By Aaron Leibowitz
(This piece was originally published at The Cauldron: https://medium.com/the-cauldron/sexist-pigs-make-bad-sports-journalists-65d33d50cb38)
On Wednesday, the San Francisco Examiner announced it had hired Jay Mariotti to write about sports. Yes, that Jay Mariotti.
In 2010, Mariotti was charged with seven misdemeanors related to a domestic disturbance. He pleaded no contest and was sentenced to probation and community service. In 2011, he was charged with stalking, domestic violence and assault. He again pleaded no contest and was handed more probation and more community service.
If the folks at the Examiner decided this was the type of guy they wanted writing for them, I suppose that’s their prerogative. More likely, they decided he was worth hiring because he’d “stir controversy” and “generate buzz” and get people to talk about their publication in angry think-pieces like this one.
But beyond the hire itself, the publication’s attempt to justify it is what should really be raising eyebrows. Get a load of this piece by Mark Segal Kemp, the new editor of SF Weekly (theExaminer’s sister publication), in which he explains why it’s totally cool to have a domestic-abuser-at-worst and super-creepy-stalker-dude-at-best cooking up hot takes on sports:
“Here’s the deal: Of course we know about Mariotti’s troubled legal history. We know he was accused of domestic violence and that he pleaded ‘no contest’ and got probation for it. But we didn’t bring Mariotti here to write about domestic violence. We brought him here to write about sports. And he’s a terrific sports writer.”
The assumption that all it takes to be a great sports journalist is knowledge of sports and the ability to form sentences is what allows editors to justify hiring (or not firing) journos who just happen to be sexist pigs on the side.
Asking sports journalists to become experts on domestic violence is one thing. Asking them to have a basic understanding of the subject is another. And asking them not to be physical, verbal or emotional abusers of women seems like a more than reasonable request.
Which brings us to the sexist, abusive conversation that transpired Wednesday on Twitter between Dan Bernstein and Matt Spiegel, two writers and on-air personalities for Chicago sports radio station “670 The Score.”
Here’s how it went down via Twitter:
It begins with Spiegel making an unnecessary, condescending critique of a Chicago sports reporter who works for CSN. It’s uncalled for, but not abusive. That’s when Bernstein jumps in to inform us that, while he doesn’t care how well this reporter does her job, he does “enjoy her giant boobs.”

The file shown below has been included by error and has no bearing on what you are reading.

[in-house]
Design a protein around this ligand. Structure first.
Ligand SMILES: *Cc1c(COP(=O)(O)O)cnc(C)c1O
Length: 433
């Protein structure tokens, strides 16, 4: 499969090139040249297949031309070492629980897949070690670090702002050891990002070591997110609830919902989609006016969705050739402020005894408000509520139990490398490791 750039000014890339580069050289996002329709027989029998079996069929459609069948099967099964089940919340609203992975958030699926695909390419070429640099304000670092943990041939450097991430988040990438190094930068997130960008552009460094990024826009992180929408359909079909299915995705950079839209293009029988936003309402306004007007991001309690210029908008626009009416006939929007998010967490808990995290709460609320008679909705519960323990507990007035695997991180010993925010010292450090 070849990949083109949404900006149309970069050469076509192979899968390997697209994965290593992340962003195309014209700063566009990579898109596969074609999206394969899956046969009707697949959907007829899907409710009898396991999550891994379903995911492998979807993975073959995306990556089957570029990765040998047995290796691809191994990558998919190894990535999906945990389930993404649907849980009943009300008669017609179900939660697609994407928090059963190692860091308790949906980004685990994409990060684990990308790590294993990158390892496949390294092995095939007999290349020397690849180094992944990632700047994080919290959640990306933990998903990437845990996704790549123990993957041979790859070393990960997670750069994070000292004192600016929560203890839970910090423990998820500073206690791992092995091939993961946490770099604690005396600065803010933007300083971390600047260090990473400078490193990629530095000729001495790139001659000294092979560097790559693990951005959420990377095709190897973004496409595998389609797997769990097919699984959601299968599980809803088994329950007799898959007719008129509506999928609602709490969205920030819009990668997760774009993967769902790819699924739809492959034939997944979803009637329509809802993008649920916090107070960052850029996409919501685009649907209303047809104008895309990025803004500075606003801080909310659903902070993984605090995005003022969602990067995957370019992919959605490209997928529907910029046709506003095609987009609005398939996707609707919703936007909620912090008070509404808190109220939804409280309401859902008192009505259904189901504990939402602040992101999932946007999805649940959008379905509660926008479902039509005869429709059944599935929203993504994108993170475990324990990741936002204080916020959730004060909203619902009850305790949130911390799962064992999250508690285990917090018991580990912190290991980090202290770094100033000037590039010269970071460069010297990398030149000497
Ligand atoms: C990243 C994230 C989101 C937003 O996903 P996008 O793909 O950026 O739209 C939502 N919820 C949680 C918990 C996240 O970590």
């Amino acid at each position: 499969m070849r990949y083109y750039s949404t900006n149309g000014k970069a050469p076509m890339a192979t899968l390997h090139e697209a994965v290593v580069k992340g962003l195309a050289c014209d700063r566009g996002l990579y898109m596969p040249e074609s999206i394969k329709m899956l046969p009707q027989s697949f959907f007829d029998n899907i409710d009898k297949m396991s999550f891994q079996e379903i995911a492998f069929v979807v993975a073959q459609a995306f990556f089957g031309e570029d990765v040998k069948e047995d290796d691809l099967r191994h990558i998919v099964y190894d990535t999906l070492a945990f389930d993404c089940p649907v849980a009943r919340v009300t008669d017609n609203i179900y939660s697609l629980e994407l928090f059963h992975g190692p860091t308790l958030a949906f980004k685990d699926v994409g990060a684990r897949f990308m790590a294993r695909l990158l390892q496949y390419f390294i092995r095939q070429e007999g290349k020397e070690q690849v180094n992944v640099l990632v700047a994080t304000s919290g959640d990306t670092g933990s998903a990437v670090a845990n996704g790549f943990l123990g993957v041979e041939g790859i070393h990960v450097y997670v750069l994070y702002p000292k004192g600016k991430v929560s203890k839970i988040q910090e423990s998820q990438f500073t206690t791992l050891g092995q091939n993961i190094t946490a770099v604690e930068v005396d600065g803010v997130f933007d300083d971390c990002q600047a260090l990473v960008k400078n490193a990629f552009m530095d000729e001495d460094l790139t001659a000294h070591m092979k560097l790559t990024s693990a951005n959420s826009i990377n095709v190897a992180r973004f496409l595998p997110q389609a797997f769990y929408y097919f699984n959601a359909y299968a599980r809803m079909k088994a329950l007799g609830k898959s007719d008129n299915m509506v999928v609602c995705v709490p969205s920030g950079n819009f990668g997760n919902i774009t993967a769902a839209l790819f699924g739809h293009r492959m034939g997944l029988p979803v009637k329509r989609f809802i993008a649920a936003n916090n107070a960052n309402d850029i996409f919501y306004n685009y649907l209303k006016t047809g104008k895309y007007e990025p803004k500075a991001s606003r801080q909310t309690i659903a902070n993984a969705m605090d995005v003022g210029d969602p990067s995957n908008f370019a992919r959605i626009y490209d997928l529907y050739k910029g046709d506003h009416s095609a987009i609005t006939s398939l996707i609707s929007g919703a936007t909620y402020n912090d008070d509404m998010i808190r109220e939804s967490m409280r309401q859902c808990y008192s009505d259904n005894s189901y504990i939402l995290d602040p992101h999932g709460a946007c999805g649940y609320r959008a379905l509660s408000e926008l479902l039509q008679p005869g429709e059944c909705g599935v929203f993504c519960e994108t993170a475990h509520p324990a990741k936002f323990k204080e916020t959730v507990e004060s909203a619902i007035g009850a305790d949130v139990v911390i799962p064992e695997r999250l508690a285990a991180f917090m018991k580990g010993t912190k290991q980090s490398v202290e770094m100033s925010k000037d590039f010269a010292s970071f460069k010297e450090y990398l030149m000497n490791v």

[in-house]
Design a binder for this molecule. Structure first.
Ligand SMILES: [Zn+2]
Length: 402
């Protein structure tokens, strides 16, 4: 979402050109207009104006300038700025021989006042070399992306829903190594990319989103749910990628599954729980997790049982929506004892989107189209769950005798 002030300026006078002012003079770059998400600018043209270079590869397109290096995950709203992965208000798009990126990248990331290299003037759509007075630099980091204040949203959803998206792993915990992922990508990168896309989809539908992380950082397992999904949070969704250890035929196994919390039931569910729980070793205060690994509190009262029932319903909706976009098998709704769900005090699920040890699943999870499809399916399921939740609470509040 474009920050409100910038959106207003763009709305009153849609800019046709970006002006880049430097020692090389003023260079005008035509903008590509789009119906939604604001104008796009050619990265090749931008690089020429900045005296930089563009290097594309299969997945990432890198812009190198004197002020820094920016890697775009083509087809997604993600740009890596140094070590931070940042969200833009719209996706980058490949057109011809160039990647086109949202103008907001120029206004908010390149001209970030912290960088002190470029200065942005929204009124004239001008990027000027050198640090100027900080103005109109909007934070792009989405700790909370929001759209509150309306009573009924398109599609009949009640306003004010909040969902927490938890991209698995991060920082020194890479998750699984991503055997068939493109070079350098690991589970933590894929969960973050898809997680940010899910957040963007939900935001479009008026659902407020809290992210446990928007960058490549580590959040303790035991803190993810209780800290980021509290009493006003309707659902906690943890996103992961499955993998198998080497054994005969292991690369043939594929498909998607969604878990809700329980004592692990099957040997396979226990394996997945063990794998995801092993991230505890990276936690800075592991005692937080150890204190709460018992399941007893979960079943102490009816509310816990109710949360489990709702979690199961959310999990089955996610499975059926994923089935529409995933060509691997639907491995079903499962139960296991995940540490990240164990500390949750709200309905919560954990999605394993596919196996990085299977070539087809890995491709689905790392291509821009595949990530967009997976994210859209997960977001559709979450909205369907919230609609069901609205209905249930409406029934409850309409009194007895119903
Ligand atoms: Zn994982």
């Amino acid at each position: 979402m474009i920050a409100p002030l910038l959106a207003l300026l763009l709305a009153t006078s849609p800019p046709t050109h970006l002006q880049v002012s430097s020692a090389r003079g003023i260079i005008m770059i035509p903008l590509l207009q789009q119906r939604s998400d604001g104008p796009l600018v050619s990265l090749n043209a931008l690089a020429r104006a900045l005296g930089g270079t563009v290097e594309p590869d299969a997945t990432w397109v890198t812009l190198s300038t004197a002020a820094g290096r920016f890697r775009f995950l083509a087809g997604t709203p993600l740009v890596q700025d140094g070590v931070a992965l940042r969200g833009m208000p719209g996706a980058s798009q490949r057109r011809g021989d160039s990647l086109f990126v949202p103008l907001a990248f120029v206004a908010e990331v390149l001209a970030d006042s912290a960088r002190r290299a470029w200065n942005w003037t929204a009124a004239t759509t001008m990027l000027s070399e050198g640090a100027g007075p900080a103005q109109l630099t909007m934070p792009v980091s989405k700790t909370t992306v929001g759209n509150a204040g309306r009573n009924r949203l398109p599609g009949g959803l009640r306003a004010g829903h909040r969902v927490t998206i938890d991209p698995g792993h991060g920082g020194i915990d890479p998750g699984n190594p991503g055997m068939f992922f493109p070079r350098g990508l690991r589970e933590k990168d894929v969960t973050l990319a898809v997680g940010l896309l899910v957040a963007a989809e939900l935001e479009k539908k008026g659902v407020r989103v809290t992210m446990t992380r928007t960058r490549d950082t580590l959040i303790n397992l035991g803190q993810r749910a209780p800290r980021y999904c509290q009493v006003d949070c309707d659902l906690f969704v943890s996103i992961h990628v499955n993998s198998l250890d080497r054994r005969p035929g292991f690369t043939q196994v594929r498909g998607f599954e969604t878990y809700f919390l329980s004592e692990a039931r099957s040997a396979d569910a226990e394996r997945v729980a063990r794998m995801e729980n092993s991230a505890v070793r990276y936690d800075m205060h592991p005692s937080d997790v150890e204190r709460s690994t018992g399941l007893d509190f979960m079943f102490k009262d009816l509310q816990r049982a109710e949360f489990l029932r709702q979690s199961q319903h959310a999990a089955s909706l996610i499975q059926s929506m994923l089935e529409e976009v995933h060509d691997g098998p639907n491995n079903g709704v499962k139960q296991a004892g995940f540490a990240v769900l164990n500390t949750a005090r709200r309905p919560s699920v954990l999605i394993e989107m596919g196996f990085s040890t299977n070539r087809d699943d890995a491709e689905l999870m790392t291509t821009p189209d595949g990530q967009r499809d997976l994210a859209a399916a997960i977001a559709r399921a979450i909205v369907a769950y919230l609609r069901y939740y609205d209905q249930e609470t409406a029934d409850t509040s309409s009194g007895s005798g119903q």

Spiegel goes along for the ride; Bernstein says “boobs” a few more times; end scene.
We could talk for hours about why two adult men felt compelled and entitled to speak publicly about a female counterpart’s job performance and body. For now, though, the point is that they dehumanized a fellow sports journalist — and that women in sports journalism deal with this kind of crap all the time.
In the aftermath of that ugly interaction, a handful of women in the field called them out:
The SF Weekly piece about Mariotti received similar responses:
These tweets are awesome, important, and on some level, probably therapeutic.
But whenever something sexist passes the lips or fingertips of a sports media man, about 90 percent of the critiques I see come from women — even though about 90 percent of “mainstream” sports reporters and editors are men.
Putting the burden on women to stave off every troll and call out every misogynist is unfair. That’s an exhausting task. Plus, the sad reality is that when men call out other men, the latter group of men is more likely to take the criticism seriously.
That’s why, when Dan Bernstein goes full-objectification mode (he’s donethis before), his overwhelmingly male teammates at The Score should say something, publicly or privately, to Bernstein or to his boss.
Will anyone among this male cast of characters decide enough is enough?
To be fair, this is something I, too, can work on. It’s easy to see sexism and discount it as “not my problem,” or to simply decide it’s too stupid to warrant a response. On the one hand, you don’t want to feed the trolls. On the other, imagine if every time a man in sports media said something sexist, 100 more told him it’s not okay.
Now as much as ever, sports intersect constantly with issues of gender and domestic violence, race and class, history and politics. Those who cover the games only stand to become better at their jobs when they are sensitive to, and have general knowledge of, those topics.
If that’s too much to ask, demanding that sportswriters not spew sexist vitriol would seem to be a decent place to start.